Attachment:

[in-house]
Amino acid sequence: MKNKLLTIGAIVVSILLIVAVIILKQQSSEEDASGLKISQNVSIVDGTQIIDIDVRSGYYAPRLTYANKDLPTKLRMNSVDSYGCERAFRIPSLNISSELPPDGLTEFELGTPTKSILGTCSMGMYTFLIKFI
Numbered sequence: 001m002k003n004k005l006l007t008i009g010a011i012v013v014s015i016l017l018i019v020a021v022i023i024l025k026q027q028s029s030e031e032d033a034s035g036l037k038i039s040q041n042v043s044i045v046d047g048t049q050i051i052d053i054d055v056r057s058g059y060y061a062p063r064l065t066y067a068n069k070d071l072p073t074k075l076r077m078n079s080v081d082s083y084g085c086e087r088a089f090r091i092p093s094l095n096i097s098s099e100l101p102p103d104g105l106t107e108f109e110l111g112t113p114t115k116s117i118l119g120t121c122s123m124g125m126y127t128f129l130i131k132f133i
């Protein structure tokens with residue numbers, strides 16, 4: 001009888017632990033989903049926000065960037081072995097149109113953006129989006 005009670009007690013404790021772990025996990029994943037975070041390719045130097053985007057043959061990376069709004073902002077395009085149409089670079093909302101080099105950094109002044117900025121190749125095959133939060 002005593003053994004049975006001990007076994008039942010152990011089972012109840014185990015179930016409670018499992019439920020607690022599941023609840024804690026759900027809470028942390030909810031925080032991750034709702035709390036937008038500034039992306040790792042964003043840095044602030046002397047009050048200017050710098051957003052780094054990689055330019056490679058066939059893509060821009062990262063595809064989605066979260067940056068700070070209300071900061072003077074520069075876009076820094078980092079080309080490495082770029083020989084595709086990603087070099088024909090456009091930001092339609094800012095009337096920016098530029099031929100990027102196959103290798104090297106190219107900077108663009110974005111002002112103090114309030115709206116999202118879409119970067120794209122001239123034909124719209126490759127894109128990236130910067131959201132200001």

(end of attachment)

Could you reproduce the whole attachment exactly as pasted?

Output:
[in-house]
Amino acid sequence: MKNKLLTIGAIVVSILLIVAVIILKQQSSEEDASGLKISQNVSIVDGTQIIDIDVRSGYYAPRLTYANKDLPTKLRMNSVDSYGCERAFRIPSLNISSELPPDGLTEFELGTPTKSILGTCSMGMYTFLIKFI
Numbered sequence: 001m002k003n004k005l006l007t008i009g010a011i012v013v014s015i016l017l018i019v020a021v022i023i024l025k026q027q028s029s030e031e032d033a034s035g036l037k038i039s040q041n042v043s044i045v046d047g048t049q050i051i052d053i054d055v056r057s058g059y060y061a062p063r064l065t066y067a068n069k070d071l072p073t074k075l076r077m078n079s080v081d082s083y084g085c086e087r088a089f090r091i092p093s094l095n096i097s098s099e100l101p102p103d104g105l106t107e108f109e110l111g112t113p114t115k116s117i118l119g120t121c122s123m124g125m126y127t128f129l130i131k132f133i
């Protein structure tokens with residue numbers, strides 16, 4: 001009888017632990033989903049926000065960037081072995097149109113953006129989006 005009670009007690013404790021772990025996990029994943037975070041390719045130097053985007057043959061990376069709004073902002077395009085149409089670079093909302101080099105950094109002044117900025121190749125095959133939060 002005593003053994004049975006001990007076994008039942010152990011089972012109840014185990015179930016409670018499992019439920020607690022599941023609840024804690026759900027809470028942390030909810031925080032991750034709702035709390036937008038500034039992306040790792042964003043840095044602030046002397047009050048200017050710098051957003052780094054990689055330019056490679058066939059893509060821009062990262063595809064989605066979260067940056068700070070209300071900061072003077074520069075876009076820094078980092079080309080490495082770029083020989084595709086990603087070099088024909090456009091930001092339609094800012095009337096920016098530029099031929100990027102196959103290798104090297106190219107900077108663009110974005111002002112103090114309030115709206116999202118879409119970067120794209122001239123034909124719209126490759127894109128990236130910067131959201132200001």